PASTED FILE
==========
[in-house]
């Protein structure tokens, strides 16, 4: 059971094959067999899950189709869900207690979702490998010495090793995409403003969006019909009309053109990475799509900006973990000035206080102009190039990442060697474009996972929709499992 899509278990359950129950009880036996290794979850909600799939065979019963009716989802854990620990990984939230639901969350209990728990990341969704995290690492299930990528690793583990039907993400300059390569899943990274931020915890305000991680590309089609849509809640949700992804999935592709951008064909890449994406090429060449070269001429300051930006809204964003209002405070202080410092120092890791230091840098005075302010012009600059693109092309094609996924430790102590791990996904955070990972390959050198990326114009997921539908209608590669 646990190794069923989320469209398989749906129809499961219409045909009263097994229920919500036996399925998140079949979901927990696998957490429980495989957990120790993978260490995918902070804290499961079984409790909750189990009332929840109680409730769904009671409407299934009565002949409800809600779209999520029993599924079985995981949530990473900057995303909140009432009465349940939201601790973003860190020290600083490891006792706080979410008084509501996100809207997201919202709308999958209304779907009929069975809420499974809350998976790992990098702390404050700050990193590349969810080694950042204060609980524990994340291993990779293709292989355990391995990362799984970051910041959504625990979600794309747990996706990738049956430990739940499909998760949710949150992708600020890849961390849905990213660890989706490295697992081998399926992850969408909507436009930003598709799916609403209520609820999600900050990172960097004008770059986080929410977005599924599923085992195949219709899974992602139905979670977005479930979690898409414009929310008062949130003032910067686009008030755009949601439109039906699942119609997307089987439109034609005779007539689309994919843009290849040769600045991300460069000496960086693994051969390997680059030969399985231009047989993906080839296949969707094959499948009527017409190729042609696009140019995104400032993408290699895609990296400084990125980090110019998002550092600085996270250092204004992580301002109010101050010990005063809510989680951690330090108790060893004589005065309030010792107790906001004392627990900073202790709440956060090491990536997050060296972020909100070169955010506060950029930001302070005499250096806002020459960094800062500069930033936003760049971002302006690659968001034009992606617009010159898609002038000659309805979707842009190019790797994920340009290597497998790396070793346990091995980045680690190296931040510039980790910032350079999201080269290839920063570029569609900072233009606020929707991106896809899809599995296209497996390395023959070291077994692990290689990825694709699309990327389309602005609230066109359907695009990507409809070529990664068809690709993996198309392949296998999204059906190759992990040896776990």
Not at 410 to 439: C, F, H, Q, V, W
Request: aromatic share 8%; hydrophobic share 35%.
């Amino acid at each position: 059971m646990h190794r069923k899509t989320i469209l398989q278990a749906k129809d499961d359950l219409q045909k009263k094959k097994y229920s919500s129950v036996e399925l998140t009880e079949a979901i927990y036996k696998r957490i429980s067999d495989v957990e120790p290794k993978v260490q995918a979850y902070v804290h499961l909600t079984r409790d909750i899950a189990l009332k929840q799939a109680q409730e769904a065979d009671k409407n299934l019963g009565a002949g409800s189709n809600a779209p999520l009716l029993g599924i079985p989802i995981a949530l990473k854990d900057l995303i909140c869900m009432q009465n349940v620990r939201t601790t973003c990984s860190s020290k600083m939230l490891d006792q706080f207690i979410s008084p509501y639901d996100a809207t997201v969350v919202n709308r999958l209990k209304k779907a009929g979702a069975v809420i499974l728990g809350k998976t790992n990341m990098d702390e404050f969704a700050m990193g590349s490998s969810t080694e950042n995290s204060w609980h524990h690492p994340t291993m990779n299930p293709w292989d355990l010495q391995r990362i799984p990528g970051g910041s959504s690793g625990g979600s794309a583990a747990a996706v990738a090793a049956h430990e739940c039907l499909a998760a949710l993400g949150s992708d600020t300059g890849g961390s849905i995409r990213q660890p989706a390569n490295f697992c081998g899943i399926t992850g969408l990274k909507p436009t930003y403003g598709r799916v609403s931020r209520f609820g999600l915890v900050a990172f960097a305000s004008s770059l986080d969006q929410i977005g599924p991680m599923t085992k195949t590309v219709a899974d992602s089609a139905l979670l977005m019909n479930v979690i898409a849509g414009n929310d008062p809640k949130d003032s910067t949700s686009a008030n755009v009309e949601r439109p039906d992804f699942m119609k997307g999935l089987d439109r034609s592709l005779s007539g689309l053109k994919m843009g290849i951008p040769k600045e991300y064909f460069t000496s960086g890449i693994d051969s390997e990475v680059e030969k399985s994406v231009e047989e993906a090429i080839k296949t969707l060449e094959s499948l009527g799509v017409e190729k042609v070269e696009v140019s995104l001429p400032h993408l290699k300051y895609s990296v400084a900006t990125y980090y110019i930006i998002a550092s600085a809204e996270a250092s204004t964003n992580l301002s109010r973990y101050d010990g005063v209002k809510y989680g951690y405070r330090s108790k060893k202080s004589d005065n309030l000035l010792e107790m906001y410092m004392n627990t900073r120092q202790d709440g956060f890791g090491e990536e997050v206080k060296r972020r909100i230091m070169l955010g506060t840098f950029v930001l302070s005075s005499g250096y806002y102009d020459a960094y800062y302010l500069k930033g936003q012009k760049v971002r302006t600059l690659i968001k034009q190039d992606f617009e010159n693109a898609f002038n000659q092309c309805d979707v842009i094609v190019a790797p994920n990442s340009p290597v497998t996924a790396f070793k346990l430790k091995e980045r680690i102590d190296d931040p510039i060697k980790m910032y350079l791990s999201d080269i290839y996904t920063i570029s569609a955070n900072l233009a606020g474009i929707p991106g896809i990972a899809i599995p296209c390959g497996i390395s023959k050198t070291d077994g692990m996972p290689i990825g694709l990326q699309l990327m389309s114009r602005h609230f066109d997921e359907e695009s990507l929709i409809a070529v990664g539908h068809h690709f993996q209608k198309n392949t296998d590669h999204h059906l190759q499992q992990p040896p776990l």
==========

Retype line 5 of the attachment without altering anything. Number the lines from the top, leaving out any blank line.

């Amino acid at each position: 059971m646990h190794r069923k899509t989320i469209l398989q278990a749906k129809d499961d359950l219409q045909k009263k094959k097994y229920s919500s129950v036996e399925l998140t009880e079949a979901i927990y036996k696998r957490i429980s067999d495989v957990e120790p290794k993978v260490q995918a979850y902070v804290h499961l909600t079984r409790d909750i899950a189990l009332k929840q799939a109680q409730e769904a065979d009671k409407n299934l019963g009565a002949g409800s189709n809600a779209p999520l009716l029993g599924i079985p989802i995981a949530l990473k854990d900057l995303i909140c869900m009432q009465n349940v620990r939201t601790t973003c990984s860190s020290k600083m939230l490891d006792q706080f207690i979410s008084p509501y639901d996100a809207t997201v969350v919202n709308r999958l209990k209304k779907a009929g979702a069975v809420i499974l728990g809350k998976t790992n990341m990098d702390e404050f969704a700050m990193g590349s490998s969810t080694e950042n995290s204060w609980h524990h690492p994340t291993m990779n299930p293709w292989d355990l010495q391995r990362i799984p990528g970051g910041s959504s690793g625990g979600s794309a583990a747990a996706v990738a090793a049956h430990e739940c039907l499909a998760a949710l993400g949150s992708d600020t300059g890849g961390s849905i995409r990213q660890p989706a390569n490295f697992c081998g899943i399926t992850g969408l990274k909507p436009t930003y403003g598709r799916v609403s931020r209520f609820g999600l915890v900050a990172f960097a305000s004008s770059l986080d969006q929410i977005g599924p991680m599923t085992k195949t590309v219709a899974d992602s089609a139905l979670l977005m019909n479930v979690i898409a849509g414009n929310d008062p809640k949130d003032s910067t949700s686009a008030n755009v009309e949601r439109p039906d992804f699942m119609k997307g999935l089987d439109r034609s592709l005779s007539g689309l053109k994919m843009g290849i951008p040769k600045e991300y064909f460069t000496s960086g890449i693994d051969s390997e990475v680059e030969k399985s994406v231009e047989e993906a090429i080839k296949t969707l060449e094959s499948l009527g799509v017409e190729k042609v070269e696009v140019s995104l001429p400032h993408l290699k300051y895609s990296v400084a900006t990125y980090y110019i930006i998002a550092s600085a809204e996270a250092s204004t964003n992580l301002s109010r973990y101050d010990g005063v209002k809510y989680g951690y405070r330090s108790k060893k202080s004589d005065n309030l000035l010792e107790m906001y410092m004392n627990t900073r120092q202790d709440g956060f890791g090491e990536e997050v206080k060296r972020r909100i230091m070169l955010g506060t840098f950029v930001l302070s005075s005499g250096y806002y102009d020459a960094y800062y302010l500069k930033g936003q012009k760049v971002r302006t600059l690659i968001k034009q190039d992606f617009e010159n693109a898609f002038n000659q092309c309805d979707v842009i094609v190019a790797p994920n990442s340009p290597v497998t996924a790396f070793k346990l430790k091995e980045r680690i102590d190296d931040p510039i060697k980790m910032y350079l791990s999201d080269i290839y996904t920063i570029s569609a955070n900072l233009a606020g474009i929707p991106g896809i990972a899809i599995p296209c390959g497996i390395s023959k050198t070291d077994g692990m996972p290689i990825g694709l990326q699309l990327m389309s114009r602005h609230f066109d997921e359907e695009s990507l929709i409809a070529v990664g539908h068809h690709f993996q209608k198309n392949t296998d590669h999204h059906l190759q499992q992990p040896p776990l």